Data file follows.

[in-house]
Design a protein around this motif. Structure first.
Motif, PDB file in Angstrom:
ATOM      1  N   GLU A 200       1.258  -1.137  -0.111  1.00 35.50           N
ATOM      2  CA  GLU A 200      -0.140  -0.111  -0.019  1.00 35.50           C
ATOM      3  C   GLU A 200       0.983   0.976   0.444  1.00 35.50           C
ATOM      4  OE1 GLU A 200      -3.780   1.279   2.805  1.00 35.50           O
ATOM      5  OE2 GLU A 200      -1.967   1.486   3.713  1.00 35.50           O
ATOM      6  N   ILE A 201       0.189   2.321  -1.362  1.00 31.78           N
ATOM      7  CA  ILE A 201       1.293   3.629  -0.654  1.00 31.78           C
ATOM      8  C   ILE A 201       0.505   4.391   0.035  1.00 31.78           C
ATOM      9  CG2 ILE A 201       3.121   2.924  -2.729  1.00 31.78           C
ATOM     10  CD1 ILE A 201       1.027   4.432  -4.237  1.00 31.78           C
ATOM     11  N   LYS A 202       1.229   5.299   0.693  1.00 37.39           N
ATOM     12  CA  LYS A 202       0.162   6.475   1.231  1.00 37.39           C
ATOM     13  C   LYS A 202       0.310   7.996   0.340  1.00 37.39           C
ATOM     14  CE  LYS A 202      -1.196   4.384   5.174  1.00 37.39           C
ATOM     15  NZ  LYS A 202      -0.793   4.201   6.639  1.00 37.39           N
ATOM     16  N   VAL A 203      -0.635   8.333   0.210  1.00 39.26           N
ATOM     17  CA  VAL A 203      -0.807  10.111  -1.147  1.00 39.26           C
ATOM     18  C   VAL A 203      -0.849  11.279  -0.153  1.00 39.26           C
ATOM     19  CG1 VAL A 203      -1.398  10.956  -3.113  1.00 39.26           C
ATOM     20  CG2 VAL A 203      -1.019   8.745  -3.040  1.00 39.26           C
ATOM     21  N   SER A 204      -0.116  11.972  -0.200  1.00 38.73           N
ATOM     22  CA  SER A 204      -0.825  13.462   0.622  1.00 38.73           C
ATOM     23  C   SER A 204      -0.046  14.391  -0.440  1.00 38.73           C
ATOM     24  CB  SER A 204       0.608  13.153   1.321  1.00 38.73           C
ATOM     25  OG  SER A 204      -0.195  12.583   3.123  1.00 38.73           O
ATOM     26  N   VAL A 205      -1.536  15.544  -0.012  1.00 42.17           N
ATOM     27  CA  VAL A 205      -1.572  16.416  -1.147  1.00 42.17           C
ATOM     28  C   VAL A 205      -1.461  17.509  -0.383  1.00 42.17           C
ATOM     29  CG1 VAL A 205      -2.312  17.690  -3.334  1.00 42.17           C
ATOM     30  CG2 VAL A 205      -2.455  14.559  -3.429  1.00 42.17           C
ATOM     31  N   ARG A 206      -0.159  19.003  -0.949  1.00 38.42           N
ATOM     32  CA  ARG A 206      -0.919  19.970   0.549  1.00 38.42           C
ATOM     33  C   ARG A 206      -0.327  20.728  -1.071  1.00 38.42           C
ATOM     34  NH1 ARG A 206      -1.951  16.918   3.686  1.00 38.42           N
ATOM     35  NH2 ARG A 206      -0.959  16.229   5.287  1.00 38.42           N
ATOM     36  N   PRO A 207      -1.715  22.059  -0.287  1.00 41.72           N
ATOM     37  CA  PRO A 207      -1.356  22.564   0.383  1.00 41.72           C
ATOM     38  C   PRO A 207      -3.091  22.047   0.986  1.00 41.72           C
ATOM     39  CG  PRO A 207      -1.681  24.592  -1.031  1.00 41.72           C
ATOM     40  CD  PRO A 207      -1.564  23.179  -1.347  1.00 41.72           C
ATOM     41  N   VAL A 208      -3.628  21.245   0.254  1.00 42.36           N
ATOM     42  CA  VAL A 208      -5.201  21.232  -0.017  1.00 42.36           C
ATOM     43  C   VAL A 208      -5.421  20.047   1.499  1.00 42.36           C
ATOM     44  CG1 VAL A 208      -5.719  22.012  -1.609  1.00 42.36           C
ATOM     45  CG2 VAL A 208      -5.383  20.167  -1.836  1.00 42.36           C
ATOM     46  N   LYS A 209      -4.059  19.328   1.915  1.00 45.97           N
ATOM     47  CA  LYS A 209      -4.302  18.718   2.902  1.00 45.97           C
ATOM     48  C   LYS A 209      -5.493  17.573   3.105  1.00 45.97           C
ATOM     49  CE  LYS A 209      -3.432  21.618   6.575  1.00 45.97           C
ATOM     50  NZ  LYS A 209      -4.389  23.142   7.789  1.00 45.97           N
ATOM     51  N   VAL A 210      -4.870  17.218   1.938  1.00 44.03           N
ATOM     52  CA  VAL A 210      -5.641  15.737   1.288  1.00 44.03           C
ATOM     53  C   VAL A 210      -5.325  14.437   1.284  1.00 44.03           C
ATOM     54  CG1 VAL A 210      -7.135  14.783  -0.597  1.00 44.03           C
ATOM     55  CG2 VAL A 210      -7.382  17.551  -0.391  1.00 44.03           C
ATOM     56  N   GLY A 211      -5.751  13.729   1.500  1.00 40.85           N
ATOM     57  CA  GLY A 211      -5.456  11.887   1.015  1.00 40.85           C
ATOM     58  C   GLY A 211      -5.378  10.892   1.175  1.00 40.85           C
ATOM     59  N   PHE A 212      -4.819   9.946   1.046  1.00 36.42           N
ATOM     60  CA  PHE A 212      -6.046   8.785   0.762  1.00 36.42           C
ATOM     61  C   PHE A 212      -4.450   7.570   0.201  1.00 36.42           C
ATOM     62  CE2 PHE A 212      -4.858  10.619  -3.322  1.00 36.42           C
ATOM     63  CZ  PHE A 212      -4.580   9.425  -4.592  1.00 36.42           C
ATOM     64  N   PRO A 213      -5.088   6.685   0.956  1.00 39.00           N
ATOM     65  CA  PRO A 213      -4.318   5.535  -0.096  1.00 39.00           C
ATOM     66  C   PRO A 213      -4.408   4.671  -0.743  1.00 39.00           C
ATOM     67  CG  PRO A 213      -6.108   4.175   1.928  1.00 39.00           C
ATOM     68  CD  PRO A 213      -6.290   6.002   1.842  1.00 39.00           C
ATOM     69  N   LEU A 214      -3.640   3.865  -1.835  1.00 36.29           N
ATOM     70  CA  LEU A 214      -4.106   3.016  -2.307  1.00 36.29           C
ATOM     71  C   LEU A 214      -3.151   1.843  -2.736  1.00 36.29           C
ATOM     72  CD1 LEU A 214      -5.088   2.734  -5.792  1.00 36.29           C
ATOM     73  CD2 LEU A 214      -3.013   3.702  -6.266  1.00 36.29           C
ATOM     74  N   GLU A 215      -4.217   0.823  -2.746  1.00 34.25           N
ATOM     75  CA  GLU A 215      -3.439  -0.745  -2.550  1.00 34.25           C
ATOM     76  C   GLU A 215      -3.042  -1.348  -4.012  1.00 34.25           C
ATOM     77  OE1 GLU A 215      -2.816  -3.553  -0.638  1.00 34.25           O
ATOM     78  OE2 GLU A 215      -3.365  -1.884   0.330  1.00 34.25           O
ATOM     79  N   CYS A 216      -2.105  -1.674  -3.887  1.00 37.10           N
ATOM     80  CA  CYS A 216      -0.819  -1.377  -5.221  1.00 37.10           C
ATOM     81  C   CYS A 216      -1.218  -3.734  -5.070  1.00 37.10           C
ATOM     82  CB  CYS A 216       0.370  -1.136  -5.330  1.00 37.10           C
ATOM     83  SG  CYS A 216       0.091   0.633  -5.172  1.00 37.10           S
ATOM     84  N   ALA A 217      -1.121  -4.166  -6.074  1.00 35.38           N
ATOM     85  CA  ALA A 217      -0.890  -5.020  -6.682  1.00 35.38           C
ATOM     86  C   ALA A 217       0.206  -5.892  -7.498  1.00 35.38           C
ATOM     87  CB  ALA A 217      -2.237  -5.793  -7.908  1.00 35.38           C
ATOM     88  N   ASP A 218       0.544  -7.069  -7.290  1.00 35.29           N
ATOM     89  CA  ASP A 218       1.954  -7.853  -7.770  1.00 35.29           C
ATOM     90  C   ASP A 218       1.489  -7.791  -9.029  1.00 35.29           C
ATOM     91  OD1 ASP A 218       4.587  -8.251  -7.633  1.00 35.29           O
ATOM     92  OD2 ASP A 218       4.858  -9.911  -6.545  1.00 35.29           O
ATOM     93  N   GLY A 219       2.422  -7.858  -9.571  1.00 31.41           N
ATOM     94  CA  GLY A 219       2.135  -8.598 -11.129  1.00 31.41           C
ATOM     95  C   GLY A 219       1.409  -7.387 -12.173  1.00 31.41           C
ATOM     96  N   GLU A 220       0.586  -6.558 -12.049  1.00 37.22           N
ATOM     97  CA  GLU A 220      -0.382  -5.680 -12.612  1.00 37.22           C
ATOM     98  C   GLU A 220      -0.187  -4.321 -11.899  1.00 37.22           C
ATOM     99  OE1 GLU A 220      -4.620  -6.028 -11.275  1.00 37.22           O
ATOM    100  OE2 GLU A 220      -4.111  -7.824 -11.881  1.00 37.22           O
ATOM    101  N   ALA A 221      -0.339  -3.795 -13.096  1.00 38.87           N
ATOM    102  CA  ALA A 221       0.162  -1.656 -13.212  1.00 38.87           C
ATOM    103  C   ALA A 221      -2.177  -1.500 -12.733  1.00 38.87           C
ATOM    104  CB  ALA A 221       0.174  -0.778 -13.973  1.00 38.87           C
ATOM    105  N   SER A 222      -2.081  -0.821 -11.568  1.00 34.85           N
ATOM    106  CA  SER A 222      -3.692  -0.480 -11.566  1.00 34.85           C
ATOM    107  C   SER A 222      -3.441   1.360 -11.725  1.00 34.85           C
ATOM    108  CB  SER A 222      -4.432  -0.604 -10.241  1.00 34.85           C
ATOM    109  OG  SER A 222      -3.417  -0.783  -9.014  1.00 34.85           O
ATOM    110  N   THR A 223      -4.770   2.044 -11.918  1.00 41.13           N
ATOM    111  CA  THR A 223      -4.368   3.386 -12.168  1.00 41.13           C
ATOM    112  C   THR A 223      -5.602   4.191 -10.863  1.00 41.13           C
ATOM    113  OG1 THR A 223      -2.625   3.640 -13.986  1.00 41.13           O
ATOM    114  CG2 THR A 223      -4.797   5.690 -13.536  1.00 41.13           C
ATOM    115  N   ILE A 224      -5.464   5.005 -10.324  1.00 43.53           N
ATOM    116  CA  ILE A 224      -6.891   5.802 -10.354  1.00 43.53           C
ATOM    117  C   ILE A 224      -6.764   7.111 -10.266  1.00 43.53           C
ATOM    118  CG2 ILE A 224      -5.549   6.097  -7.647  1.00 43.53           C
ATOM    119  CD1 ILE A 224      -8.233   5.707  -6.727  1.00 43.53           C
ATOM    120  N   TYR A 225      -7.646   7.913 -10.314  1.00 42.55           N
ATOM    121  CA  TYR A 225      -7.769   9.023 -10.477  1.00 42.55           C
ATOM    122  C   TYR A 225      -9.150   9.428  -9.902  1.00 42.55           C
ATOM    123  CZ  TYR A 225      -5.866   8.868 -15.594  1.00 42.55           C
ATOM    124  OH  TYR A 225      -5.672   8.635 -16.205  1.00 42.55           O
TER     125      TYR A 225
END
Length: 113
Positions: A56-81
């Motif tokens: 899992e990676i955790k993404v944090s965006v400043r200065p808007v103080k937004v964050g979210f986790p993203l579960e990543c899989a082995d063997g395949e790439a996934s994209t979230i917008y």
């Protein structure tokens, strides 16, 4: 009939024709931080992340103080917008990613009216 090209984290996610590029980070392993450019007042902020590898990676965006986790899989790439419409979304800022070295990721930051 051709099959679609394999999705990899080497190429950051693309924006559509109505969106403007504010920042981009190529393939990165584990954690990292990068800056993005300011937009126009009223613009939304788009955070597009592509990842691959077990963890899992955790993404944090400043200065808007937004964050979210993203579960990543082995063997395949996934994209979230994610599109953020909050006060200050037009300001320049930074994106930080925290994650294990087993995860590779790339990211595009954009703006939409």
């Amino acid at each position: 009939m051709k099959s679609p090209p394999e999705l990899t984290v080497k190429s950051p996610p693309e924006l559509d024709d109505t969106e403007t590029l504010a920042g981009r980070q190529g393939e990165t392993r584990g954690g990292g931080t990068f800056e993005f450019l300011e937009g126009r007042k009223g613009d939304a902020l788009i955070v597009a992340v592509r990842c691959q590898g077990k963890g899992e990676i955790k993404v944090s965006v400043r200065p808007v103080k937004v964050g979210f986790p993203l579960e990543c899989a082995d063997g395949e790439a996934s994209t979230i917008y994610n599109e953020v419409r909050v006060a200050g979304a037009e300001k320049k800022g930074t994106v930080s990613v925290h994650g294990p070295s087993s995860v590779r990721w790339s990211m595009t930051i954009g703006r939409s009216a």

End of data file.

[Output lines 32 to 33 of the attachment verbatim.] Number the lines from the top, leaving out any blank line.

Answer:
ATOM     29  CG1 VAL A 205      -2.312  17.690  -3.334  1.00 42.17           C
ATOM     30  CG2 VAL A 205      -2.455  14.559  -3.429  1.00 42.17           C